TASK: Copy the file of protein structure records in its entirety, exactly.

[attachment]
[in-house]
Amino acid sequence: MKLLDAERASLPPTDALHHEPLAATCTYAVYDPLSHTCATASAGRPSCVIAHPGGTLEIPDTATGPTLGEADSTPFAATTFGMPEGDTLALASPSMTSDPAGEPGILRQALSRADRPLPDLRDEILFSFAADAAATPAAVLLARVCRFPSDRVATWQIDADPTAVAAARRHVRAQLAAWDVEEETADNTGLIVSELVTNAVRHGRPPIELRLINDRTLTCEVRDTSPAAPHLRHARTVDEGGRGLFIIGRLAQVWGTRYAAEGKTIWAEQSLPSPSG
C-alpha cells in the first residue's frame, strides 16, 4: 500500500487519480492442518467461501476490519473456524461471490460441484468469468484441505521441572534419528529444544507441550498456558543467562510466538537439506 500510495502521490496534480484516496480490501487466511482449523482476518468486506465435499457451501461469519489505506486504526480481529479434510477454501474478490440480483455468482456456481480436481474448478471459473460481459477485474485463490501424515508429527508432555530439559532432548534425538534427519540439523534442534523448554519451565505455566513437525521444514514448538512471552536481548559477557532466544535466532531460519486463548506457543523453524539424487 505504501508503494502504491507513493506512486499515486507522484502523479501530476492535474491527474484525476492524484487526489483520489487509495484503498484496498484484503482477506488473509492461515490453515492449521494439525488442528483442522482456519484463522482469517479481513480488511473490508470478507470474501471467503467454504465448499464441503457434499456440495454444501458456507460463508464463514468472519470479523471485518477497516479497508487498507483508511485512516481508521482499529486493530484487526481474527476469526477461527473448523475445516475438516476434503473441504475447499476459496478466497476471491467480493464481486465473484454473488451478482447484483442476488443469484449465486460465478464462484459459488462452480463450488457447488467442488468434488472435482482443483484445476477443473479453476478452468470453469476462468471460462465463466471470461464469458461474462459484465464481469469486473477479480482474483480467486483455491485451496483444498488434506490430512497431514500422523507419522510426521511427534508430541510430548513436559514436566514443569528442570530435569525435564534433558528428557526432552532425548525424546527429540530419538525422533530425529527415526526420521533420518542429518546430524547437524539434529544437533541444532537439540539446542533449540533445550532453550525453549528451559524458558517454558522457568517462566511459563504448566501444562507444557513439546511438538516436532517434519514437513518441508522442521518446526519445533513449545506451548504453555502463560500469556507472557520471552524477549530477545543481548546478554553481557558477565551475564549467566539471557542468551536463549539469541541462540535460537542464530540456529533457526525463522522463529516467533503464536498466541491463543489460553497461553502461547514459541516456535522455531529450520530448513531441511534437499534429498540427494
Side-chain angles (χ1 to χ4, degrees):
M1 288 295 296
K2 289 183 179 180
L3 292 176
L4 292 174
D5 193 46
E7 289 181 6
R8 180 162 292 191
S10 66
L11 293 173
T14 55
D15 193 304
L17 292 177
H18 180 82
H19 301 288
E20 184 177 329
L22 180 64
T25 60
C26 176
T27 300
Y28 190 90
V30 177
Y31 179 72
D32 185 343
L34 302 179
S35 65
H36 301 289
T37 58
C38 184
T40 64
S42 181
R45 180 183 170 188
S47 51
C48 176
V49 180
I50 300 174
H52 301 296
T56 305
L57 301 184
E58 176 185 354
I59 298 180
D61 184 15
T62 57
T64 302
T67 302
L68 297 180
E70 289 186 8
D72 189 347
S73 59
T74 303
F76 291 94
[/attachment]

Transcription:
[in-house]
Amino acid sequence: MKLLDAERASLPPTDALHHEPLAATCTYAVYDPLSHTCATASAGRPSCVIAHPGGTLEIPDTATGPTLGEADSTPFAATTFGMPEGDTLALASPSMTSDPAGEPGILRQALSRADRPLPDLRDEILFSFAADAAATPAAVLLARVCRFPSDRVATWQIDADPTAVAAARRHVRAQLAAWDVEEETADNTGLIVSELVTNAVRHGRPPIELRLINDRTLTCEVRDTSPAAPHLRHARTVDEGGRGLFIIGRLAQVWGTRYAAEGKTIWAEQSLPSPSG
C-alpha cells in the first residue's frame, strides 16, 4: 500500500487519480492442518467461501476490519473456524461471490460441484468469468484441505521441572534419528529444544507441550498456558543467562510466538537439506 500510495502521490496534480484516496480490501487466511482449523482476518468486506465435499457451501461469519489505506486504526480481529479434510477454501474478490440480483455468482456456481480436481474448478471459473460481459477485474485463490501424515508429527508432555530439559532432548534425538534427519540439523534442534523448554519451565505455566513437525521444514514448538512471552536481548559477557532466544535466532531460519486463548506457543523453524539424487 505504501508503494502504491507513493506512486499515486507522484502523479501530476492535474491527474484525476492524484487526489483520489487509495484503498484496498484484503482477506488473509492461515490453515492449521494439525488442528483442522482456519484463522482469517479481513480488511473490508470478507470474501471467503467454504465448499464441503457434499456440495454444501458456507460463508464463514468472519470479523471485518477497516479497508487498507483508511485512516481508521482499529486493530484487526481474527476469526477461527473448523475445516475438516476434503473441504475447499476459496478466497476471491467480493464481486465473484454473488451478482447484483442476488443469484449465486460465478464462484459459488462452480463450488457447488467442488468434488472435482482443483484445476477443473479453476478452468470453469476462468471460462465463466471470461464469458461474462459484465464481469469486473477479480482474483480467486483455491485451496483444498488434506490430512497431514500422523507419522510426521511427534508430541510430548513436559514436566514443569528442570530435569525435564534433558528428557526432552532425548525424546527429540530419538525422533530425529527415526526420521533420518542429518546430524547437524539434529544437533541444532537439540539446542533449540533445550532453550525453549528451559524458558517454558522457568517462566511459563504448566501444562507444557513439546511438538516436532517434519514437513518441508522442521518446526519445533513449545506451548504453555502463560500469556507472557520471552524477549530477545543481548546478554553481557558477565551475564549467566539471557542468551536463549539469541541462540535460537542464530540456529533457526525463522522463529516467533503464536498466541491463543489460553497461553502461547514459541516456535522455531529450520530448513531441511534437499534429498540427494
Side-chain angles (χ1 to χ4, degrees):
M1 288 295 296
K2 289 183 179 180
L3 292 176
L4 292 174
D5 193 46
E7 289 181 6
R8 180 162 292 191
S10 66
L11 293 173
T14 55
D15 193 304
L17 292 177
H18 180 82
H19 301 288
E20 184 177 329
L22 180 64
T25 60
C26 176
T27 300
Y28 190 90
V30 177
Y31 179 72
D32 185 343
L34 302 179
S35 65
H36 301 289
T37 58
C38 184
T40 64
S42 181
R45 180 183 170 188
S47 51
C48 176
V49 180
I50 300 174
H52 301 296
T56 305
L57 301 184
E58 176 185 354
I59 298 180
D61 184 15
T62 57
T64 302
T67 302
L68 297 180
E70 289 186 8
D72 189 347
S73 59
T74 303
F76 291 94